August is just coming to a close, but I wanted to discuss something important before the month ended. Since August is National Immunization Awareness Month, I would like to take some time to talk about the recommended immunizations for diabetics. You see, vaccines are not just something that we should give our kids; they are important to adults too. And did you know that the Centers for Disease Control and Prevention have a list of vaccinations that they recommend for people with diabetes? Let me tell you about them.
Influenza: The first vaccine that I always recommend for diabetics is the yearly flu vaccine. If you did not know, the flu vaccine prevents a respiratory infection called influenza. A common misconception is that the flu that the vaccine targets is the stomach flu. This is not the case. Signs of influenza are similar to a cold: sudden high fever, chills, body aches, runny nose, sore throat, headache, and dry cough. Influenza is caused by a virus that likes to mutate and change itself over time, which is why you need a new flu shot every year.
Many people think that influenza is not that serious, but they are very wrong. Did you know that thousands of people are hospitalized every year due to influenza? And every year hundreds and sometimes thousands die from complications of influenza infection. The CDC does not have an exact count on these deaths because it is difficult to record, but does it matter? Isn’t one death that could have been prevented one too many? The majority of those deaths are in people aged 65 or over and in those with other conditions that make their body more susceptible, such as (you guessed it!) diabetes.
What is it about diabetes that makes you more likely to have complications from influenza? Well, remember that diabetes is a disease within your blood, so it touches everything! Diabetes makes it harder for your immune system to fight off severe infections, like influenza. Also, sickness can cause your blood sugar levels to rise – exactly what we don’t want to happen when you are diabetic. And if you are really sick, you probably don’t feel like eating. This will make your blood sugar levels erratic, a bad thing for a diabetic that is trying to win their war against the disease. Even those who have their diabetes under control are still at an increased risk of complications from diabetes, so EVERY diabetic should discuss receiving an annual flu vaccine with their doctor.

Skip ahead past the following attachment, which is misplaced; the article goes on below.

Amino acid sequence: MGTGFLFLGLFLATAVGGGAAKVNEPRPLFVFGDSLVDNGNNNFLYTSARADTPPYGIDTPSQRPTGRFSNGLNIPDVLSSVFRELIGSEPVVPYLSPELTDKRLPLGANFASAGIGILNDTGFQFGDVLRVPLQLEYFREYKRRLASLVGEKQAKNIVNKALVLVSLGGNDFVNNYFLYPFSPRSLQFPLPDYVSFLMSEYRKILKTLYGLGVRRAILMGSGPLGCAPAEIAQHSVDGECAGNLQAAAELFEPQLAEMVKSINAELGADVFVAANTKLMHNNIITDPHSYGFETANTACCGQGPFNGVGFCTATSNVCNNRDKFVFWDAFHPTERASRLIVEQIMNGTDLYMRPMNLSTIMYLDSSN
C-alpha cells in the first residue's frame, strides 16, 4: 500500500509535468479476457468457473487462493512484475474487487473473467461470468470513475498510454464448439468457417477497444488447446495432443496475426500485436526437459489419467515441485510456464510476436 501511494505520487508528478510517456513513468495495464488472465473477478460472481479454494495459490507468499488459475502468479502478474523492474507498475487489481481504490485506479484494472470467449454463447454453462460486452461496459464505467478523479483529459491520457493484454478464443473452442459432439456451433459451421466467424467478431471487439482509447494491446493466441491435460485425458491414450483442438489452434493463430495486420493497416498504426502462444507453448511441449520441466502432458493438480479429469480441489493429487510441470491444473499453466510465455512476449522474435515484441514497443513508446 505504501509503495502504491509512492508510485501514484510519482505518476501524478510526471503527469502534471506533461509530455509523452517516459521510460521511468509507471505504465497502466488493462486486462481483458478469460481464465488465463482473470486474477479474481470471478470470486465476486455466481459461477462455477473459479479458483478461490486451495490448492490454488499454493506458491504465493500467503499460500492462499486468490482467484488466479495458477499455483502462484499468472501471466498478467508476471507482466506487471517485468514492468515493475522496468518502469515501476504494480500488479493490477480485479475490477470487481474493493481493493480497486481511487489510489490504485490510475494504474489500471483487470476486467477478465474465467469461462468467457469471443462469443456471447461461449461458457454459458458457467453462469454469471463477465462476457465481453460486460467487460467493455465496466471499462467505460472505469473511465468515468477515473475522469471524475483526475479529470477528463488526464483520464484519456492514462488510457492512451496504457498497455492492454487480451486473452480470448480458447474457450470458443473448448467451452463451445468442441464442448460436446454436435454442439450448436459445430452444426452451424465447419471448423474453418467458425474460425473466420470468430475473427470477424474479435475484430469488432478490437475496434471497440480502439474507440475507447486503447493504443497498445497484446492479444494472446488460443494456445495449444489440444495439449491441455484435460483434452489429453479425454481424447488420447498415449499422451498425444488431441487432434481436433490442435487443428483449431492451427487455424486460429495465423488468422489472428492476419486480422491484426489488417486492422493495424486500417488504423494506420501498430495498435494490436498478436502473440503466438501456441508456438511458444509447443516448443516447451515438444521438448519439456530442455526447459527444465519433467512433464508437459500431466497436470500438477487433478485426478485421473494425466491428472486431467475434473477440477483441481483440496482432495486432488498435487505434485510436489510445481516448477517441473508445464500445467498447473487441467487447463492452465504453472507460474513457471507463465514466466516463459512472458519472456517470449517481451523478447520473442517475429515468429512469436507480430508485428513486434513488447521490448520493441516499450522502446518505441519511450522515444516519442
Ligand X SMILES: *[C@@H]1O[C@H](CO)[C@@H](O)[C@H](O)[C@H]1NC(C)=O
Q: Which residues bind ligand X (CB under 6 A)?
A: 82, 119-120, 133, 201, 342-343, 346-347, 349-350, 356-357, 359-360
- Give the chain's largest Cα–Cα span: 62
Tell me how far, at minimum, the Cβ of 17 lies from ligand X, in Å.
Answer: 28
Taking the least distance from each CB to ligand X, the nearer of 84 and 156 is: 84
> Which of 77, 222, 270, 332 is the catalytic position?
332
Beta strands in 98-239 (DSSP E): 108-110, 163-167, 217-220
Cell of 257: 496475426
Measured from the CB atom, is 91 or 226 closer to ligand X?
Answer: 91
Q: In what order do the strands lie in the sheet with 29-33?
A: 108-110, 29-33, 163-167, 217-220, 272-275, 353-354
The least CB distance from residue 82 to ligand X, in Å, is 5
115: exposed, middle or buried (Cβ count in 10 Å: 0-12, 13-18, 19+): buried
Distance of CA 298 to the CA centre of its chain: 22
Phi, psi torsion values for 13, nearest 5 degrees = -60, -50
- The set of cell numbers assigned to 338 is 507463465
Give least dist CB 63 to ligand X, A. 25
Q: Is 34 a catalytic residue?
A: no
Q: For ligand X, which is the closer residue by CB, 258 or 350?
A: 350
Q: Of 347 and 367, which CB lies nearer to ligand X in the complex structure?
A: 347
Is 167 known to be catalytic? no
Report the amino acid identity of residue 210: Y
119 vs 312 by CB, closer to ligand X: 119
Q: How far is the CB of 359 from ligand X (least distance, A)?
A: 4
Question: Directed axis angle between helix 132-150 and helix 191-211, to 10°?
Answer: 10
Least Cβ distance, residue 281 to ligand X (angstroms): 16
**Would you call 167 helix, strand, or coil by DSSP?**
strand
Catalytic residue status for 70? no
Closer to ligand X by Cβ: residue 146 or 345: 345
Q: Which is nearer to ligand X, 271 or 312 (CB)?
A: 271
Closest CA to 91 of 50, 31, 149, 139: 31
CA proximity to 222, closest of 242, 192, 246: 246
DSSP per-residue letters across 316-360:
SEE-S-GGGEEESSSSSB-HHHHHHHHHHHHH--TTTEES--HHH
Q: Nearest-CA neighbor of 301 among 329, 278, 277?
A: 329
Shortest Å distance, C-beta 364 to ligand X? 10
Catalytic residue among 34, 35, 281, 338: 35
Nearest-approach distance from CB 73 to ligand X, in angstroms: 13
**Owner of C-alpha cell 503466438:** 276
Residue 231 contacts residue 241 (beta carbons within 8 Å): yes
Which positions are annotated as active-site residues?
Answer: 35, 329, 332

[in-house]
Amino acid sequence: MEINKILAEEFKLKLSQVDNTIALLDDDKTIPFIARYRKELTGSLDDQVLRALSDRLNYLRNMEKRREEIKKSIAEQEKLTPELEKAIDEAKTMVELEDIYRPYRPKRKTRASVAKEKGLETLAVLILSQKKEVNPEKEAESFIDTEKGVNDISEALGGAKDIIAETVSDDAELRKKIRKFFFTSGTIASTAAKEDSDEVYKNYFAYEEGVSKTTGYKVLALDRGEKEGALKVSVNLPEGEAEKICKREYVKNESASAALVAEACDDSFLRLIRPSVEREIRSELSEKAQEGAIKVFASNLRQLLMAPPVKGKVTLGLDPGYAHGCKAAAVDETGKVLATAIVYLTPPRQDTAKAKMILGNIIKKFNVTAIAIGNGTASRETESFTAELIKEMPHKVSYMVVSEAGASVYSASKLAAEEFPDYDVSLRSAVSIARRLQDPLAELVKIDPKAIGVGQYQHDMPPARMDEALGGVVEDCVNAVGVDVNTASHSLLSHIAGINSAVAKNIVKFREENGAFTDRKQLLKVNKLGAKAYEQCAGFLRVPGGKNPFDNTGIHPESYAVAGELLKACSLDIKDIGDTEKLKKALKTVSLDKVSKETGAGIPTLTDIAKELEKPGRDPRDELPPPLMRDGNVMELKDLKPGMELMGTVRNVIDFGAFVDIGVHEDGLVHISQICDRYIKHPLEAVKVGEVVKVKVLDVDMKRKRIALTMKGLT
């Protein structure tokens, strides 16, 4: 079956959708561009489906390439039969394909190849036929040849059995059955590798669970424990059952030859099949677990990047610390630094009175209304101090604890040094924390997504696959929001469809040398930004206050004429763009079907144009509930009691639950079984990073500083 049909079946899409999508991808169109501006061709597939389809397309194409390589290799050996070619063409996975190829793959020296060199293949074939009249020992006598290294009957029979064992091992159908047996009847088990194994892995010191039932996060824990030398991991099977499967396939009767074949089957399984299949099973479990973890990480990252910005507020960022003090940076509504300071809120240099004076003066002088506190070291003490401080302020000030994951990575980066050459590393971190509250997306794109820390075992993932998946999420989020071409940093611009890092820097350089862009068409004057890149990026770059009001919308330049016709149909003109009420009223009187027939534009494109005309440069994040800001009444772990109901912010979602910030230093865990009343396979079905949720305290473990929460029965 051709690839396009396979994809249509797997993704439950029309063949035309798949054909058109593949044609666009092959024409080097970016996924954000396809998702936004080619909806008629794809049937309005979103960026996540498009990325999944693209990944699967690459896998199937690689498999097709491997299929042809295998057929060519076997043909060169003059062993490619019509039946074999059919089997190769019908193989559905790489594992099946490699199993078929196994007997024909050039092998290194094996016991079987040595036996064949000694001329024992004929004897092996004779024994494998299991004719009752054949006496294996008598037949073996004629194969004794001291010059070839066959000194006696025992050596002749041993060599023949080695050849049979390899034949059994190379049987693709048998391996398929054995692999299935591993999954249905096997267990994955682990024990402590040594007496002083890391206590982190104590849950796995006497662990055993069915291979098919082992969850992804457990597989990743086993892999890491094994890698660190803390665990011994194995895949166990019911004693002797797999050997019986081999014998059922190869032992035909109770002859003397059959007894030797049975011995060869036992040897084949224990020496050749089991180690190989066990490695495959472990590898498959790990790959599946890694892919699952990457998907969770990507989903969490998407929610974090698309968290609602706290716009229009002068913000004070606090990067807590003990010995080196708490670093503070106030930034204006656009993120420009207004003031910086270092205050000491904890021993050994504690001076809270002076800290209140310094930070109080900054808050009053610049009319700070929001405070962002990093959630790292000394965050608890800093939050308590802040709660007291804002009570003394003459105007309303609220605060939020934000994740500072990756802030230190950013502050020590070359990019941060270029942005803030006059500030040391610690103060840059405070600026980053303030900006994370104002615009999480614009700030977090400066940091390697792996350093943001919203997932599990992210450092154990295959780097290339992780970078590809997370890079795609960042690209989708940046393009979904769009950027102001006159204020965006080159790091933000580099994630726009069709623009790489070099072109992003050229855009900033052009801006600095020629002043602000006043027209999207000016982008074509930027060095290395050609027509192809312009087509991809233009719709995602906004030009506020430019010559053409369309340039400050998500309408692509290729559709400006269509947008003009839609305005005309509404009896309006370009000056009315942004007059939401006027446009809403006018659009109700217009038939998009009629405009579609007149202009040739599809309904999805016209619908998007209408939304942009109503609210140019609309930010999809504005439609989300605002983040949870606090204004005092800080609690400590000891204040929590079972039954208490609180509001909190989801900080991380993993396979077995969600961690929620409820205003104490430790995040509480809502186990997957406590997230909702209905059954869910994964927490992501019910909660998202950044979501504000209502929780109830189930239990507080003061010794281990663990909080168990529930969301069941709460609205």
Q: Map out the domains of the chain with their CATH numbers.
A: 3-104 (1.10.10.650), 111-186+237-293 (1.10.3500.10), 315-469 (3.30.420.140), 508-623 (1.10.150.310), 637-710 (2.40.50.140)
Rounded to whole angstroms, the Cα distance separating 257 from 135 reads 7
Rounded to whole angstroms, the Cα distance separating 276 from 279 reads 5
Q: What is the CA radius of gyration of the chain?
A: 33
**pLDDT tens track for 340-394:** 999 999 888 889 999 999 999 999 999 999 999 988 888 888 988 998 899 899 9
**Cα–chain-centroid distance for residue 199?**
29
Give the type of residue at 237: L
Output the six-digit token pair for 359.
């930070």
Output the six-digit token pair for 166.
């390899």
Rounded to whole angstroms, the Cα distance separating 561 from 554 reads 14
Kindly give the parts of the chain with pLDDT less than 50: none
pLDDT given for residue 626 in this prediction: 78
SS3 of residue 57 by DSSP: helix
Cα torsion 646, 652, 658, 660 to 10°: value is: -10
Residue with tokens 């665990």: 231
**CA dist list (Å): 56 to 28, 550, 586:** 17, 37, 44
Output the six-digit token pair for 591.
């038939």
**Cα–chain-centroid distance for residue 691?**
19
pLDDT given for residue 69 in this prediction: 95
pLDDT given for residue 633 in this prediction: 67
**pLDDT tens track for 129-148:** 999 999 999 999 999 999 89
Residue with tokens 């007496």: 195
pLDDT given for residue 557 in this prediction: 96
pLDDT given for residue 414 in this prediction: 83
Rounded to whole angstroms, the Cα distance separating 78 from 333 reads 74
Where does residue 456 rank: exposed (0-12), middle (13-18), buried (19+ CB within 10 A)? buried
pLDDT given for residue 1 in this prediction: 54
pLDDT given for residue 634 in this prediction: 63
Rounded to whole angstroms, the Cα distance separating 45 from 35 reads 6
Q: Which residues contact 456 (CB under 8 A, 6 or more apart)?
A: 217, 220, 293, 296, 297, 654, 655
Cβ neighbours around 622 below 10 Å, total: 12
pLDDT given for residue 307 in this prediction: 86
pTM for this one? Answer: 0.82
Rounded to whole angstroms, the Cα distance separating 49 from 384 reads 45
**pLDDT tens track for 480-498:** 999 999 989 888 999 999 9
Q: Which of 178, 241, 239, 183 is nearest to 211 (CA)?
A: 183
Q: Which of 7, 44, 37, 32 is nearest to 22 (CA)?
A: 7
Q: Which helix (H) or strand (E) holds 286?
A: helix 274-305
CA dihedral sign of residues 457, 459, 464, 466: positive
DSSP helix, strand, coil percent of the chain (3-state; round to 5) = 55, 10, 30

And a final note: no, you cannot get the flu from the flu shot. it is not possible. The virus in the vaccine is dead. Some people have gotten influenza after receiving a flu shot, but that is just a case of bad timing – they already had influenza when they got the shot, but were not yet feeling sick. You cannot get sick from a dead virus. And if you got a stomach ache or nausea and diarrhea after your flu shot, remember that is not the type of flu that we are talking about.
Hepatitis B: Hepatitis B is a liver disease that is spread through blood and body fluids. In 2011 the CDC released new recommendations stating that all unvaccinated diabetics under the age of 60 should receive the hepatitis B vaccine. Diabetics over the age of 60 should discuss the vaccine with their doctors to make a decision because the vaccine becomes less effective as we age.
People with type 1 and type 2 diabetes have higher rates of hepatitis B than the rest of the population. Many of these infections happen in nursing homes and other long term care facilities, or in other situations where people are sharing their blood sugar meters and testing supplies. Hepatitis B can be spread by coming into contact with a contaminated lancet or syringe that has been used by someone with hepatitis B. This is why it is very important not to share your diabetic testing supplies or your insulin syringes with anyone. The hepatitis B vaccine is 50 to 100 times more infectious than HIV and can survive on surfaces outside the body for at least a week. This makes it very easily transmitted to healthy people. Again, this is another disease that does not have to happen if you take the time to get a simple vaccine. The hepatitis B vaccine is given in a series of three shots over six months, and all shots are required for full protection.
These are the two main vaccines that are specifically recommended for diabetics. However, the CDC also suggests keeping up-to-date on all other vaccines as well. I will list the other recommended adult vaccines in the United States, for your knowledge. Please talk to your local doctor or pharmacist if you have any questions.
Pneumococcal Vaccine: The pneumococcal vaccine prevents infections in the lungs (pneumonia), blood (bacteremia), and the covering of the brain (meningitis).
Tetanus/Diphtheria (Td) Toxoid: Tetanus (lockjaw) is a bacterial infection caused when the germ enters your body through a wound or cut. Diphtheria is a contagious respiratory disease that is spread through coming into contact, usually through a cough or a sneeze, with respiratory droplets from another infected person. The two diseases are targeted in a combination vaccine.
For further information on diabetics and vaccines, please refer to the CDC’s website here.
As a disclaimer, I am your “virtual” pharmacist, here to provide you with information and answers to questions. However, I am not your local pharmacist and could, in no way, be aware of your specific medical needs. Remember to always check with your medical provider and pharmacist before stopping or starting any new medications. My posts are based on general pharmacy principles and should not considered as your “first opinion” when it comes to your health. Please consult with your doctor and pharmacist about anything regarding your health.